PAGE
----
The internet of alarming things
More and more data about what we get up to is likely to be sucked up as sensors that offer to help end up spying on us.
The near future looks something like this: you’re driving home from work, and home knows you’re on your way. The home turns on the lights, bumps up the heating, chooses the music you like and unlocks the front door. In the morning, when you head back out to work, the home locks the door behind you, turns off the lights and dials down the heat.
“The home knows where you are all the time,” says tech entrepreneur and commentator Vikram Kumar.
This is a glimpse of the Internet of Things (IoT), the emerging world of interconnected data gathered by sensors in everything from cars to fridges and door locks, which will track what we do and when we do it.
It sounds like sci-fi, but Kumar says the self-readying home is just three to five years away, and glimpses of this hyperconnected future can already be seen. Last year, for instance, Amazon launched a digital assistant called the Echo. It looks simple enough: a speaker-like device that sits on the bench or coffee table, is controlled by voice and responds to the name Alexa. The user can ask for a recipe, inquire about the weather, have the lights turned on or off and call up a movie on the smart TV.
“But that assistant is listening all the time to try to figure out what you want, and all that is sent off to the internet and hopefully stored securely,” says Kumar. “But that’s where there are a lot of privacy issues in terms of what data has been collected, and the fact that it’s in the home makes people extremely nervous.”
But not necessarily nervous enough to stop using it. “Amazon launched a second option that doesn’t listen all the time – you have to tap it to make it listen. But 95% of people are still buying the Echo. So yes, we have concerns, but do we act on them? Mostly not. People often favour convenience over privacy and security.”
As US technology commentator Nicholas Carr wrote recently, the IoT will see us tracked by our cars, clothes and appliances, and the machines and tools we use at work.
Even by our toothbrushes. Kumar points to a “smart” toothbrush developed by Oral B, with an embedded sensor connected to a smartphone app. Why bother? Well, out of that came a clever game to encourage children to brush their teeth (nice) and a whole bunch of data that was useful to insurance companies (slightly creepy).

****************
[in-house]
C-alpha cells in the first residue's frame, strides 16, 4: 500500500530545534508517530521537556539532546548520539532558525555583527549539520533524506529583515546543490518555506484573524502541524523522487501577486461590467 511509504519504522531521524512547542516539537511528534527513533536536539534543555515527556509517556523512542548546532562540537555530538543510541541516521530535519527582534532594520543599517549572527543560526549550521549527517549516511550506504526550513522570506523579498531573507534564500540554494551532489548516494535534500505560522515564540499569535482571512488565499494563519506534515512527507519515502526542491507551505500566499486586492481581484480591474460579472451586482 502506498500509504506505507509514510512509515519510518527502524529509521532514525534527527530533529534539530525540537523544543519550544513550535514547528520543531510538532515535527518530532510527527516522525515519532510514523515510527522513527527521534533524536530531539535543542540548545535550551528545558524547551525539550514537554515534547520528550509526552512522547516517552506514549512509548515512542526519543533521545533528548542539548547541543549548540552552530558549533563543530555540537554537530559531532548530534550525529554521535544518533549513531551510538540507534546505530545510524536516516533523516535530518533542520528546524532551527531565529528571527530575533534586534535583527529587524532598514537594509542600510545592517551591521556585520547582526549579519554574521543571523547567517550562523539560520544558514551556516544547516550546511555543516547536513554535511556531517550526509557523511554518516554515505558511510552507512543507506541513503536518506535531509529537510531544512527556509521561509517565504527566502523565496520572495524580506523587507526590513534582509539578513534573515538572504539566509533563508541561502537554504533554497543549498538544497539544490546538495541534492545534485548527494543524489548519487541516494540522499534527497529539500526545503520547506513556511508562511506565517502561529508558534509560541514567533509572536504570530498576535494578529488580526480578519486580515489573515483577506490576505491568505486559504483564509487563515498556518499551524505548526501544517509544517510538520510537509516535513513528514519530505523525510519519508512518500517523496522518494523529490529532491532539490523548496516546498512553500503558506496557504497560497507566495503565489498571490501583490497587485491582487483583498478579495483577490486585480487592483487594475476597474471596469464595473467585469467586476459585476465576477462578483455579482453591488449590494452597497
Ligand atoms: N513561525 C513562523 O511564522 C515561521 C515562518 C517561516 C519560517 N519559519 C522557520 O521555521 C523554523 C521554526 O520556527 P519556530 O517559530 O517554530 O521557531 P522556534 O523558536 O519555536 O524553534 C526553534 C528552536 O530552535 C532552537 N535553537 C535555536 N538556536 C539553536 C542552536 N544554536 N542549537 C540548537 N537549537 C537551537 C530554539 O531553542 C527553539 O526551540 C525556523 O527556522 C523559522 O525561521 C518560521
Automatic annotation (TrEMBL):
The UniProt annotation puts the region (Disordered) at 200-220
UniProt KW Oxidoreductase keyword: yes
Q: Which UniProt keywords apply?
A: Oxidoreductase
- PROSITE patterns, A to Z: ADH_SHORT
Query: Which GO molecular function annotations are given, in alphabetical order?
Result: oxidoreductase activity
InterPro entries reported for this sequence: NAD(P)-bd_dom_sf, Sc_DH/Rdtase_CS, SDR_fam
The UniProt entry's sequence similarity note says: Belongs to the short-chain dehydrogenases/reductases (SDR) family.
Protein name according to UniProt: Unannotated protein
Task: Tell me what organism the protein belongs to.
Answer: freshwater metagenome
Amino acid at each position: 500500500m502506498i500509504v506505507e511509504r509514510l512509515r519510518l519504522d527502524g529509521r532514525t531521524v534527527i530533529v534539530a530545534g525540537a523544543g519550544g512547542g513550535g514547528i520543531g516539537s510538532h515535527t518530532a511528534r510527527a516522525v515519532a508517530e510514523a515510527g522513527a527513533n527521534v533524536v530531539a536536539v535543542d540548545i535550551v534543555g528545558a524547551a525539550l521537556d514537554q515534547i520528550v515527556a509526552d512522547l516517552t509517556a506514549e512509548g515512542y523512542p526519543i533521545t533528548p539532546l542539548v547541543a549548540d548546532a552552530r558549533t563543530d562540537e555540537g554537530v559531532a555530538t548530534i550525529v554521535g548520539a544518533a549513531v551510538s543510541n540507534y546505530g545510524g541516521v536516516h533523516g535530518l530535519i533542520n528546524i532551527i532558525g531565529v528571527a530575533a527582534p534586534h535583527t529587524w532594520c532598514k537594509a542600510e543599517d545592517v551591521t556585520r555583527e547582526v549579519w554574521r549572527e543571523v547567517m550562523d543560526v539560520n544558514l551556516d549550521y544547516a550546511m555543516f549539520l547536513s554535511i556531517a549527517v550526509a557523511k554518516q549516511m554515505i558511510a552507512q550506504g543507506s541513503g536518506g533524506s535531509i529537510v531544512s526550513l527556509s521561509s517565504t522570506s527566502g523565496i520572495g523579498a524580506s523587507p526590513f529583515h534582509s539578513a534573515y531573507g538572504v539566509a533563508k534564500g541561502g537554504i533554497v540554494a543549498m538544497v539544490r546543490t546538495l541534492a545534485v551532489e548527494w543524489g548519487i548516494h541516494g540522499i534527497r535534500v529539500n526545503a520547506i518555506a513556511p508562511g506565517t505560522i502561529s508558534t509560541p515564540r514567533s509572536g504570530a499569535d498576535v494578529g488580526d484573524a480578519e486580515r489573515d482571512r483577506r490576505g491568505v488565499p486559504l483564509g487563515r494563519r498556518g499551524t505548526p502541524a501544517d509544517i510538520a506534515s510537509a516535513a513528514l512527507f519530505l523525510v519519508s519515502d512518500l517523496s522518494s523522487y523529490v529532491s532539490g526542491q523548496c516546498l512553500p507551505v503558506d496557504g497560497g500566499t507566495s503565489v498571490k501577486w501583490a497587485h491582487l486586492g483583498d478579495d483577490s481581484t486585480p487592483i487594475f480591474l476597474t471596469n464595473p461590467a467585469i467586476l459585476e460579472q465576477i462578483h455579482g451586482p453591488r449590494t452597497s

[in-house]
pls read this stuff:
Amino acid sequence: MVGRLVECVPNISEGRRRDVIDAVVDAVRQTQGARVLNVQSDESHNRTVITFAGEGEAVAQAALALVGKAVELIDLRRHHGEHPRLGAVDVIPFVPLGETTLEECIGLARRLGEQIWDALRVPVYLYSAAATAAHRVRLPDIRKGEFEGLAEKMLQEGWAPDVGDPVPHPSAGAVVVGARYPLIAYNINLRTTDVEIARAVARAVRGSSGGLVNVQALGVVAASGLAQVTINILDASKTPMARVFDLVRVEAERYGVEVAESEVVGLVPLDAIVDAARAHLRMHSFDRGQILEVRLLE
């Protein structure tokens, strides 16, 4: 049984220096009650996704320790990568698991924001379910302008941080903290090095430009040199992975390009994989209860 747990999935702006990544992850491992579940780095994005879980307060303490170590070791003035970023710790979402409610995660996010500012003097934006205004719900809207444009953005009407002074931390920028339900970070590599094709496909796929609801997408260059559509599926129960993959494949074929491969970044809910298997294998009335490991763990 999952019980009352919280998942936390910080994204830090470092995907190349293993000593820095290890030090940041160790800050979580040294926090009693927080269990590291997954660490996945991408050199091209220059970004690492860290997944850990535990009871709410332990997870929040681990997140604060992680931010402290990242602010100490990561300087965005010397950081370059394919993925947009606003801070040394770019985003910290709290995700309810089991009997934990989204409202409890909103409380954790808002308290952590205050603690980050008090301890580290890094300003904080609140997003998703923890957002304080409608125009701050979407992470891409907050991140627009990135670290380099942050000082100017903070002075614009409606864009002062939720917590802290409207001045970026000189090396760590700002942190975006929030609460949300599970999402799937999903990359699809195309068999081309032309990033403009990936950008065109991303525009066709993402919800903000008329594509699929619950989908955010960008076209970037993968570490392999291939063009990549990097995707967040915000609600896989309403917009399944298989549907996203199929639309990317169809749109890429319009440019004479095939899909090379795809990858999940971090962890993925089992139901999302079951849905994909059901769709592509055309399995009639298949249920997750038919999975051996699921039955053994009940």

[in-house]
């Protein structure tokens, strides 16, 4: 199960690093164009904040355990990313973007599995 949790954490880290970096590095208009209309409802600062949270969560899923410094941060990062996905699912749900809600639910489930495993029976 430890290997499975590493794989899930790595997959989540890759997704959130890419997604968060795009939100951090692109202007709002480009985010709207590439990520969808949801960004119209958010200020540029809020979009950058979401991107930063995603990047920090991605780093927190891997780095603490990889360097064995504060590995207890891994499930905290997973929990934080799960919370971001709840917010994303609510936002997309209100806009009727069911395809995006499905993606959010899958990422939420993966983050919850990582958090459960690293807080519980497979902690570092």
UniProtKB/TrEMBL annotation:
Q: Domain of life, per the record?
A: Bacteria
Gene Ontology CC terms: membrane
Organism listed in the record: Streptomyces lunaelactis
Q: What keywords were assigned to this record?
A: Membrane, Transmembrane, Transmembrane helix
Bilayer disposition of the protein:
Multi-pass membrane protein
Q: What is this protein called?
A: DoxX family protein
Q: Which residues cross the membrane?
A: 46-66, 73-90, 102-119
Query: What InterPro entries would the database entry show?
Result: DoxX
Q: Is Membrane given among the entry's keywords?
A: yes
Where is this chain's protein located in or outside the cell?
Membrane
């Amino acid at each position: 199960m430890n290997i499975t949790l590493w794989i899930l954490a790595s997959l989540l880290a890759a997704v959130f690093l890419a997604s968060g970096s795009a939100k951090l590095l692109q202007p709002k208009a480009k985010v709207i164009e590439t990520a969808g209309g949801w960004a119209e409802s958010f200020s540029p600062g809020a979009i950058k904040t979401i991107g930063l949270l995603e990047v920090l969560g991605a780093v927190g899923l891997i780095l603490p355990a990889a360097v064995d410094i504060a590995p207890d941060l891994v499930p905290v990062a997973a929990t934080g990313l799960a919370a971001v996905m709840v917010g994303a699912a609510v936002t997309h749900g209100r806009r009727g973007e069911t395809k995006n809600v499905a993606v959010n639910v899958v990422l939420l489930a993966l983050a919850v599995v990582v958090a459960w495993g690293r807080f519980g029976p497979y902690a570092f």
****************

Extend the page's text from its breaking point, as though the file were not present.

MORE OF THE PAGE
“So one of the biggest issues in all this is who owns the data,” says Kumar. What happens if the company that developed the smart device that collects all this personal data goes broke? And are the users aware of what terms and conditions they have signed up to?
“Another aspect is that the data provided off these things is then combined with other data sets … and the net result of being monitored every time, everywhere, with a huge amount of data being collected is we get ‘big data’ on steroids … All the issues that we have with big data today are magnified manifold by [the IoT],” Kumar told a Privacy Week conference earlier this year.
It sounds alarming, with wide-ranging privacy issues. Yet Kumar believes the IoT is “basically a good thing”. There will be efficiency benefits from such things as smart street and traffic lights, and sensors that track weather data and provide just enough irrigation to a paddock.
His company, KotahiNet, is building a New Zealand-wide wireless network to support the IoT, and one of its projects involves working with Wairarapa olive growers to use sensors and analytics to understand growth rates, work out when to spray and send out text notifications for frost and heavy rain. It is also working on a smart smoke alarm that will send a text message to the owner when it is set off.
And imagine a smart car that is constantly gathering data on its own performance and aggregating it for the mechanic or supplier. Instead of having to book the vehicle in for a routine oil change, the car will tell you when the oil actually needs changing.
On the other hand, your smart car might get hacked – and will all that data revealing where and when you drive be secure?
Like it or not, the IoT is coming, and it will be big. “There’s a lot of hype. Talk to any analyst and you have billions and trillions [of sensors] being thrown around,” says Kumar. “My view is it’s probably going to be much bigger than even some of the hype we have been listening to, but in the long term. Technology tends to under-deliver in the short term, but it gets underestimated in the long term.” – Rebecca Macfie
Vikram Kumar: “People often favour convenience over privacy and